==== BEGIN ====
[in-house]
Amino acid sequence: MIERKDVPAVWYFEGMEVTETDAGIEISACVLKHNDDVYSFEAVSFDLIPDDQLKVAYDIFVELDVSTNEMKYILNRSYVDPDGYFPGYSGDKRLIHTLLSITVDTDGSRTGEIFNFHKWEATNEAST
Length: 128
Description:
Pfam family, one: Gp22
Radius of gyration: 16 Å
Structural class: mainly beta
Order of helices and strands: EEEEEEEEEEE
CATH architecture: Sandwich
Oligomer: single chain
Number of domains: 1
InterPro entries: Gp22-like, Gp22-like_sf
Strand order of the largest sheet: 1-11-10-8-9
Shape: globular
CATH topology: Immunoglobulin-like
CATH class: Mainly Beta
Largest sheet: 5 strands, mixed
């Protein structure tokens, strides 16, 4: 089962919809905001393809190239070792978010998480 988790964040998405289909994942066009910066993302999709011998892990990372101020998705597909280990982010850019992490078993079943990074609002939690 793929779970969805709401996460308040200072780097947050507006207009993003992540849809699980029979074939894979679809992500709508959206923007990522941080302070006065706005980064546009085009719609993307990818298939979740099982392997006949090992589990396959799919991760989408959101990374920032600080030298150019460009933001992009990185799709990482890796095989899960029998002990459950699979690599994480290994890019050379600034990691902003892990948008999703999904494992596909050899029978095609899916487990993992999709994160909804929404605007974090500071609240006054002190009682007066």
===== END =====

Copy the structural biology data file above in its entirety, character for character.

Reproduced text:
[in-house]
Amino acid sequence: MIERKDVPAVWYFEGMEVTETDAGIEISACVLKHNDDVYSFEAVSFDLIPDDQLKVAYDIFVELDVSTNEMKYILNRSYVDPDGYFPGYSGDKRLIHTLLSITVDTDGSRTGEIFNFHKWEATNEAST
Length: 128
Description:
Pfam family, one: Gp22
Radius of gyration: 16 Å
Structural class: mainly beta
Order of helices and strands: EEEEEEEEEEE
CATH architecture: Sandwich
Oligomer: single chain
Number of domains: 1
InterPro entries: Gp22-like, Gp22-like_sf
Strand order of the largest sheet: 1-11-10-8-9
Shape: globular
CATH topology: Immunoglobulin-like
CATH class: Mainly Beta
Largest sheet: 5 strands, mixed
């Protein structure tokens, strides 16, 4: 089962919809905001393809190239070792978010998480 988790964040998405289909994942066009910066993302999709011998892990990372101020998705597909280990982010850019992490078993079943990074609002939690 793929779970969805709401996460308040200072780097947050507006207009993003992540849809699980029979074939894979679809992500709508959206923007990522941080302070006065706005980064546009085009719609993307990818298939979740099982392997006949090992589990396959799919991760989408959101990374920032600080030298150019460009933001992009990185799709990482890796095989899960029998002990459950699979690599994480290994890019050379600034990691902003892990948008999703999904494992596909050899029978095609899916487990993992999709994160909804929404605007974090500071609240006054002190009682007066």